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Whole Foods Market

Essay by   •  January 5, 2011  •  Case Study  •  1,586 Words (7 Pages)  •  4,112 Views

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By 2005, Whole Foods Market had evolved into the "world's largest retail chain of natural and organic foods supermarkets." Their rapid growth and success is primarily due to being highly selective about what they sell, as well as being dedicated quality standards and core values. Whole Food's stated mission statement was to "promote vitality and well-being for all individuals by offering the highest quality, least processed, most flavorful natural and naturally preserved foods available."

At the same time, Whole foods market was experiencing scarce resources in the organic produces and prime locations for their next business expansion. In this case study, firstly, it will analyze external and internal environments, competitor and five forces of this industry. Then, it will move on to the analyses of capabilities and core competencies of Whole Foods Market. Lastly, it will provide recommended strategies for Whole Foods Market to achieve its target: to reach US$10 billion in revenue with 300-plus stores by 2010 without sacrificing quality ad its current reputation.

External Analysis


In October 2002, the US Department of Agriculture defined the standards of 'certificated organic' food, which gave the Whole Foods Market a legal opportunity to start its new business. At that time, Whole Foods Market was an early entrant into the organic food market and it has used its early mover advantage to solidify its position and continue its steady growth. (Opportunity)

Admittedly, potential threat exists as well. For instance, if new laws require the reformulation of certain products to meet tougher standards, the supply of these products may be constrained. Any significant disruption in the supply of quality natural and organic products could have a material impact on its overall sales and cost of goods. (Threat)


Firstly, Whole Foods Market commit to sustainable agriculture. They believe in a virtuous circle entwining the food chain, human beings and Mother Earth. Furthermore, the company defines its philosophy as following: Whole Foods Market's vision of a sustainable future means business will harness human and material resources without devaluating the integrity of the individual or the planet's ecosystem. The opinions above are strengths, and can help Whole Foods Market building its social and business reputation. (Strength)

Then, with a growing percentage of women working outside of the home, the traditional role of home-cooked meals, prepared from scratch, has waned. So sales of ready-to-eat meals have grown significantly, and the consumer awareness of the need for the one stop shopping experience has increased as well. This provides an opportunity for Whole Foods Market to develop a new increasing point to its sales. (Opportunity)


 European expansion provides enormous potential growth because of the large population, and WF holds a more sophisticated organic-foods market. (Opportunity and strength)

 WF targets locations where 40 per cent or more of the residents have a college degree, as they are more likely to be aware and supportive of nutritional issues. (Weakness)

 The aging of the baby boomer generation will expand the senior demographic over the next decade as their children grow up and leave the nest. (Opportunity)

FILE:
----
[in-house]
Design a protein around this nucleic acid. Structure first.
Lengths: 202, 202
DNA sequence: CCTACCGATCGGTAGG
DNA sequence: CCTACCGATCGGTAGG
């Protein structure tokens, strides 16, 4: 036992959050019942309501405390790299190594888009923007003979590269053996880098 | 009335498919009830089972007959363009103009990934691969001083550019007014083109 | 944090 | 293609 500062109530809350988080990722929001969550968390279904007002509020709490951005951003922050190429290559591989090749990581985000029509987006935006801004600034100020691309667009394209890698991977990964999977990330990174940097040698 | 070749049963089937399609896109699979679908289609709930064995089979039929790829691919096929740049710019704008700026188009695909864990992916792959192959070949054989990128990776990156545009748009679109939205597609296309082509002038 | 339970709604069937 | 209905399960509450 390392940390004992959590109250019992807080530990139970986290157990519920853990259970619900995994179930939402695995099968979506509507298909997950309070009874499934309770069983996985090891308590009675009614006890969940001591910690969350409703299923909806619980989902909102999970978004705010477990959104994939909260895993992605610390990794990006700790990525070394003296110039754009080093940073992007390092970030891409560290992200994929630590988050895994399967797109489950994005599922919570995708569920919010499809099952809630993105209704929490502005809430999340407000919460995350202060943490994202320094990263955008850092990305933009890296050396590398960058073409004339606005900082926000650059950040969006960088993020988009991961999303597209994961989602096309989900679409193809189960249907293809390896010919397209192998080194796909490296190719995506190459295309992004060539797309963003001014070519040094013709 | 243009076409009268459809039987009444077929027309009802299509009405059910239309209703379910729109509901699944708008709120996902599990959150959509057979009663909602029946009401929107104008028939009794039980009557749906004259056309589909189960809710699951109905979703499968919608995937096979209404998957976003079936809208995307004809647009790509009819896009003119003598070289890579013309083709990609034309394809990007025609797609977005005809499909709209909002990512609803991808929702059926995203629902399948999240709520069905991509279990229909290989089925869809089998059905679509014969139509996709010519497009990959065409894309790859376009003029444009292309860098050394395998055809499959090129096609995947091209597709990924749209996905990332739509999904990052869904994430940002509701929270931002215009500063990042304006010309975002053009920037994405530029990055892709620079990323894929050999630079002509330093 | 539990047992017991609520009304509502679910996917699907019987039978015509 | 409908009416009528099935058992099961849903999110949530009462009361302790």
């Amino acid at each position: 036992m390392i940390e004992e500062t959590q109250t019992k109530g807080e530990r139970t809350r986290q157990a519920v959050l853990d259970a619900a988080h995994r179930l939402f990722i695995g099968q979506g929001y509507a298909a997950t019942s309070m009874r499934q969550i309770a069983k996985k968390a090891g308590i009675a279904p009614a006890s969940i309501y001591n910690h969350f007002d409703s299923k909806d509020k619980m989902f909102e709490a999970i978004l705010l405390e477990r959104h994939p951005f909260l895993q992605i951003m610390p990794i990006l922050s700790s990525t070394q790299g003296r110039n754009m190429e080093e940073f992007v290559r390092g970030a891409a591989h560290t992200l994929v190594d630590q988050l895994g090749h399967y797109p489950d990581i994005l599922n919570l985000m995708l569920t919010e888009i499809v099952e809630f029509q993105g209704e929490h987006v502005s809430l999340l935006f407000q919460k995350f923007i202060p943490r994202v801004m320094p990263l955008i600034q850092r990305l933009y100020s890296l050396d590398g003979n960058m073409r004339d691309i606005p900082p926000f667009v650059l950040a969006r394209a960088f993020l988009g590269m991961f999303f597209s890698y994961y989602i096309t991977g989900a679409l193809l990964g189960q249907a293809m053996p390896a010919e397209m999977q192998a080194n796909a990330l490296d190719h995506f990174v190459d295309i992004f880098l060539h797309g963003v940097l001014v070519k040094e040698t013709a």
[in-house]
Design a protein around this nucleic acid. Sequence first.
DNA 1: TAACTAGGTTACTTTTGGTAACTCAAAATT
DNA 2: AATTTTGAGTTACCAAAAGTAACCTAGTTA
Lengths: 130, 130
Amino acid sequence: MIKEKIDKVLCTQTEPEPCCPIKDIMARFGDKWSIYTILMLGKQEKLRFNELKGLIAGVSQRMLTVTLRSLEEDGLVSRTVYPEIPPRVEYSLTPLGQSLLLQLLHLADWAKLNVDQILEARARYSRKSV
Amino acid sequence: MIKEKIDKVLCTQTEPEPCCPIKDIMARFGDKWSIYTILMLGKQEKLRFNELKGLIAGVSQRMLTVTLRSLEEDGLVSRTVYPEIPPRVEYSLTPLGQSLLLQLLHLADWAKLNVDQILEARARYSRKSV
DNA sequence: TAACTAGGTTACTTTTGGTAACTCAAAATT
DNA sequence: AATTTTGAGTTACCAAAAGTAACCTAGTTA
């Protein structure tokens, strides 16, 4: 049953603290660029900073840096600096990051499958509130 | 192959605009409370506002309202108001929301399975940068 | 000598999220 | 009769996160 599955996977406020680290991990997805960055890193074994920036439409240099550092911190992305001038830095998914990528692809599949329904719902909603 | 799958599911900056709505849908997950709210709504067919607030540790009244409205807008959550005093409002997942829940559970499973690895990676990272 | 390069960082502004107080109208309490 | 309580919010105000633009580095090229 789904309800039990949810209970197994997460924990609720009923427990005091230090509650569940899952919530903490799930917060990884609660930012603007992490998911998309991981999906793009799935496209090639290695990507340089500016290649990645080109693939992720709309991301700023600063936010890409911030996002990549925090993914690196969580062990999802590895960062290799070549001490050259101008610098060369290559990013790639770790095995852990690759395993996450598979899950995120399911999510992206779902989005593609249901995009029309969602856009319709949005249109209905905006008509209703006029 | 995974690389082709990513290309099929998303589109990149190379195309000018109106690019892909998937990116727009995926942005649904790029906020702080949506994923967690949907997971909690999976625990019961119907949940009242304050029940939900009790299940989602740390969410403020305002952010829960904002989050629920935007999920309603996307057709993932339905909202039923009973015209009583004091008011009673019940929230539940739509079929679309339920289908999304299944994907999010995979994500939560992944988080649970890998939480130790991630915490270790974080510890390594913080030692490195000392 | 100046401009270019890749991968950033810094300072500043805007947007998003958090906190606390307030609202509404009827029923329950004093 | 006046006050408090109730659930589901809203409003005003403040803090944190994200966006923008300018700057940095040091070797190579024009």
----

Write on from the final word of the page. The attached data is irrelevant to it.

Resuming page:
 Urban singles are another group with extra disposable income due to their lack of dependants. (Opportunity)


 Overall, research estimates that the main direction of the economy of United States might rise for at least the next couple of years. (Opportunity)


 European expansion provides enormous potential growth because of the large population.

 It seems that global brands are well known and inspirational for people with above average disposable incomes. (Opportunity)

Competitor Analysis

At the time of Whole Foods' inception, there was almost no competition. But today, the organic foods industry is growing and Whole Foods finds itself competing hard to maintain its elite presence. Other successful natural food grocery chains today include Trader Joe's Co and Wild Oats Market.

Trader Joe's Co

 By expanding its presence and product offerings while maintaining high quality at low prices

 It owns 215 stores, primarily on the west and east coasts of the United States.

 It offers upscale grocery fare such as health foods, prepared meals, organic produce and nutritional supplements.

 Its stores have no service department and average just less than 1000 square meters in store size.

 It has enjoyed sales of US$2.5 million in 2003, a 13.6 per cent increase from 2002.

Wild Oats Market

 Its founders had no experience in the natural foods market, relying heavily on their employees to learn the industry.

 Its product offerings range from organic foods to traditional grocery merchandise.

 It is traded under the ticker symbol of OATS and is the third largest natural foods supermarket chain in the United States in terms of sale.

Additional competition

 From grocery stores, which incorporate natural foods sections in their conventional stores

Industry Analysis

Natural and organic foods are available in more than seven in 10 retail food stores (72 percent), according to shoppers surveyed in FMI's U.S. Grocery Shopper Trends, 2006. USDA's Economic Research Service (ERS) reports that organic products are available in nearly 20,000 natural foods stores. The mainstreaming of organic food has drawn major manufacturers into the market. A typical grocery store or supermarket remains the most common outlet. (Barney & Hesterly 2006)

New Entrants

Entrants are already there. Their intensity of their pursuit of the natural/organic market



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